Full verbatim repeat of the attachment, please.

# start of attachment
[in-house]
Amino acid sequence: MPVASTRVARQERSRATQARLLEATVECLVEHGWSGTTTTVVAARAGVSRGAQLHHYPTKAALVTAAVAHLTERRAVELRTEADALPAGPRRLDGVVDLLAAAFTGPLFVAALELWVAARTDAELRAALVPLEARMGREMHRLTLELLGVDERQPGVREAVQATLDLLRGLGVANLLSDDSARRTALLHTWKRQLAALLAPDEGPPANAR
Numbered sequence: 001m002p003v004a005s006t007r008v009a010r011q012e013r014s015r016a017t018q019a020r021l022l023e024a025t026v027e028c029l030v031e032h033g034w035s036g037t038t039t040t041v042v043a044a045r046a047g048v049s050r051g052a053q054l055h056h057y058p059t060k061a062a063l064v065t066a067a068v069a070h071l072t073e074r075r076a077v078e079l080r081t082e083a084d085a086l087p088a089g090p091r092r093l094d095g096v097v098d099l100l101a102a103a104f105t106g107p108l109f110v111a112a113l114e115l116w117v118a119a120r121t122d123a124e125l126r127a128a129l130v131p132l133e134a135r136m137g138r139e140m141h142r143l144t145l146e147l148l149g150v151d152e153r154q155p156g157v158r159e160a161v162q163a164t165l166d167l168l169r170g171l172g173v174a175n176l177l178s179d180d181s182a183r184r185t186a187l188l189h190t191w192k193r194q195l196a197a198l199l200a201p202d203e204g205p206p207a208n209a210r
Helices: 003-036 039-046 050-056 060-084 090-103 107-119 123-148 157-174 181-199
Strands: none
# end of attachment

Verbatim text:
[in-house]
Amino acid sequence: MPVASTRVARQERSRATQARLLEATVECLVEHGWSGTTTTVVAARAGVSRGAQLHHYPTKAALVTAAVAHLTERRAVELRTEADALPAGPRRLDGVVDLLAAAFTGPLFVAALELWVAARTDAELRAALVPLEARMGREMHRLTLELLGVDERQPGVREAVQATLDLLRGLGVANLLSDDSARRTALLHTWKRQLAALLAPDEGPPANAR
Numbered sequence: 001m002p003v004a005s006t007r008v009a010r011q012e013r014s015r016a017t018q019a020r021l022l023e024a025t026v027e028c029l030v031e032h033g034w035s036g037t038t039t040t041v042v043a044a045r046a047g048v049s050r051g052a053q054l055h056h057y058p059t060k061a062a063l064v065t066a067a068v069a070h071l072t073e074r075r076a077v078e079l080r081t082e083a084d085a086l087p088a089g090p091r092r093l094d095g096v097v098d099l100l101a102a103a104f105t106g107p108l109f110v111a112a113l114e115l116w117v118a119a120r121t122d123a124e125l126r127a128a129l130v131p132l133e134a135r136m137g138r139e140m141h142r143l144t145l146e147l148l149g150v151d152e153r154q155p156g157v158r159e160a161v162q163a164t165l166d167l168l169r170g171l172g173v174a175n176l177l178s179d180d181s182a183r184r185t186a187l188l189h190t191w192k193r194q195l196a197a198l199l200a201p202d203e204g205p206p207a208n209a210r
Helices: 003-036 039-046 050-056 060-084 090-103 107-119 123-148 157-174 181-199
Strands: none